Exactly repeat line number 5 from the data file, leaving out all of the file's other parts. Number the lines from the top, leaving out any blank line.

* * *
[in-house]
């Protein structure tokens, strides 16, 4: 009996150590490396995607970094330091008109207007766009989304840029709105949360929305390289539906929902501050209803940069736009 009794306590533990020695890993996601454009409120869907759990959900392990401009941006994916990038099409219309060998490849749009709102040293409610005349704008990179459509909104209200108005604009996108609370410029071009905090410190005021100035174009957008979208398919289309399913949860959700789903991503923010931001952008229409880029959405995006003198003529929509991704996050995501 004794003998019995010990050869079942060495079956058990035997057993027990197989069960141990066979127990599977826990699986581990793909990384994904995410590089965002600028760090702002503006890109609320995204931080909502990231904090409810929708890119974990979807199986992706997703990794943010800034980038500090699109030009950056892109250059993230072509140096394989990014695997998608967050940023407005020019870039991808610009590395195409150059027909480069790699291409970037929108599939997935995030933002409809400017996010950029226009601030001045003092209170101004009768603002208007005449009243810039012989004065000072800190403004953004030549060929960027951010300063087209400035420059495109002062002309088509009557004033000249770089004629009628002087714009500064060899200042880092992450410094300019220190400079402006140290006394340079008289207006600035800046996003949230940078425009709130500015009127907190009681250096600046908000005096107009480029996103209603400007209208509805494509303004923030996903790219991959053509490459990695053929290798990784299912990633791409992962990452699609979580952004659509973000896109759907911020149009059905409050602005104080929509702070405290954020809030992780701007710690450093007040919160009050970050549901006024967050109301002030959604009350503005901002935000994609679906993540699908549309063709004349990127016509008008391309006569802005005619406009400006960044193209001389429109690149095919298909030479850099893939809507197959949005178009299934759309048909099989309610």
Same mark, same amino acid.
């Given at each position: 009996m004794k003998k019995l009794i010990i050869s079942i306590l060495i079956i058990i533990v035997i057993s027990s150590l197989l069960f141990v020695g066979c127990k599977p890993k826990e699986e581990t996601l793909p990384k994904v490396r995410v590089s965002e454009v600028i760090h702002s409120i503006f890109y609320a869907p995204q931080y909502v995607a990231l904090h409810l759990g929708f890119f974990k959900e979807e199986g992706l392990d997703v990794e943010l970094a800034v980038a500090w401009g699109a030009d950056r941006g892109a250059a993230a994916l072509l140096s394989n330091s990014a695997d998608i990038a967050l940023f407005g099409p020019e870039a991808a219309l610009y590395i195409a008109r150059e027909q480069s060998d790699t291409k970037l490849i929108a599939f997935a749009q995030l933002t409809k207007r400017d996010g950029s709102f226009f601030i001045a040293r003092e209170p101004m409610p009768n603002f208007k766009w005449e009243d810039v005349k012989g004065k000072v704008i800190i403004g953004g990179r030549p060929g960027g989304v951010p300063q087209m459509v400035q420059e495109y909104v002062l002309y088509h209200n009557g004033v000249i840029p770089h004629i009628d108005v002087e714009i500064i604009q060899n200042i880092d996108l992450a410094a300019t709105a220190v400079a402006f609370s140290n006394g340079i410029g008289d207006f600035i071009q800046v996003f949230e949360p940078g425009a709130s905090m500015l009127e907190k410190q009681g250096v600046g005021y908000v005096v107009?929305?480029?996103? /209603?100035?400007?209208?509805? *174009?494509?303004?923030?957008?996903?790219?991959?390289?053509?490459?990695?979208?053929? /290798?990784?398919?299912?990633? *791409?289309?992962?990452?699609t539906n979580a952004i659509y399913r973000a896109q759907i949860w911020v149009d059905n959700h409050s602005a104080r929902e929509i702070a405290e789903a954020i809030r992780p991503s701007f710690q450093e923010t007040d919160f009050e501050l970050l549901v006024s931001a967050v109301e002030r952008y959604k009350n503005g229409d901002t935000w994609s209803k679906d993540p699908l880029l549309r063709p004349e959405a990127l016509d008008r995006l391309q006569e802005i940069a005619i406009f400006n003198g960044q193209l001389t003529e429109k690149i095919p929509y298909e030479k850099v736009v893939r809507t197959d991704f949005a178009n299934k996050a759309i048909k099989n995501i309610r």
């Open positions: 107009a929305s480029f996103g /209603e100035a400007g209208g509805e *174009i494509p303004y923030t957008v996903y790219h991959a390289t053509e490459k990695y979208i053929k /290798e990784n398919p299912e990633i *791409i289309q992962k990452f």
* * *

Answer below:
């Open positions: 107009a929305s480029f996103g /209603e100035a400007g209208g509805e *174009i494509p303004y923030t957008v996903y790219h991959a390289t053509e490459k990695y979208i053929k /290798e990784n398919p299912e990633i *791409i289309q992962k990452f």